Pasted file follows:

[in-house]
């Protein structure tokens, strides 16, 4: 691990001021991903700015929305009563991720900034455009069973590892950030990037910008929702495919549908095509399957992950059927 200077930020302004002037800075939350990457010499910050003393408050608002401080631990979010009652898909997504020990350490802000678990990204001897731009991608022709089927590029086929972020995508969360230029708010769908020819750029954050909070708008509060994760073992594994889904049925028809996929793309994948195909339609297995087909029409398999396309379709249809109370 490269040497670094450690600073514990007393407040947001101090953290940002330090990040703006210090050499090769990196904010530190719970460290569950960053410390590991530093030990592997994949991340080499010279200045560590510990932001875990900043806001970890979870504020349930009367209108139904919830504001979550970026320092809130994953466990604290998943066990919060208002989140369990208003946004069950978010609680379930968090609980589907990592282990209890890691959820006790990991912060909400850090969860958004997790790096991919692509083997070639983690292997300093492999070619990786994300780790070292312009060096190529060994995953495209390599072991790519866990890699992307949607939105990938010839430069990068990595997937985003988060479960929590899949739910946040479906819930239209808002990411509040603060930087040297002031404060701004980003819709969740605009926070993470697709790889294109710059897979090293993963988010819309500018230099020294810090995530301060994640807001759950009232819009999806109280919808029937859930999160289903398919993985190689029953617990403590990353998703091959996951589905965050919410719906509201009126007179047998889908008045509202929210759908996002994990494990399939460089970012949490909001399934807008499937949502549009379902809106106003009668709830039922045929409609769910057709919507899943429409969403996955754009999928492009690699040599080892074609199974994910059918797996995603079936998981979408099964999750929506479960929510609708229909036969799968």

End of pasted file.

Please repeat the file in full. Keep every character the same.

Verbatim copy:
[in-house]
């Protein structure tokens, strides 16, 4: 691990001021991903700015929305009563991720900034455009069973590892950030990037910008929702495919549908095509399957992950059927 200077930020302004002037800075939350990457010499910050003393408050608002401080631990979010009652898909997504020990350490802000678990990204001897731009991608022709089927590029086929972020995508969360230029708010769908020819750029954050909070708008509060994760073992594994889904049925028809996929793309994948195909339609297995087909029409398999396309379709249809109370 490269040497670094450690600073514990007393407040947001101090953290940002330090990040703006210090050499090769990196904010530190719970460290569950960053410390590991530093030990592997994949991340080499010279200045560590510990932001875990900043806001970890979870504020349930009367209108139904919830504001979550970026320092809130994953466990604290998943066990919060208002989140369990208003946004069950978010609680379930968090609980589907990592282990209890890691959820006790990991912060909400850090969860958004997790790096991919692509083997070639983690292997300093492999070619990786994300780790070292312009060096190529060994995953495209390599072991790519866990890699992307949607939105990938010839430069990068990595997937985003988060479960929590899949739910946040479906819930239209808002990411509040603060930087040297002031404060701004980003819709969740605009926070993470697709790889294109710059897979090293993963988010819309500018230099020294810090995530301060994640807001759950009232819009999806109280919808029937859930999160289903398919993985190689029953617990403590990353998703091959996951589905965050919410719906509201009126007179047998889908008045509202929210759908996002994990494990399939460089970012949490909001399934807008499937949502549009379902809106106003009668709830039922045929409609769910057709919507899943429409969403996955754009999928492009690699040599080892074609199974994910059918797996995603079936998981979408099964999750929506479960929510609708229909036969799968």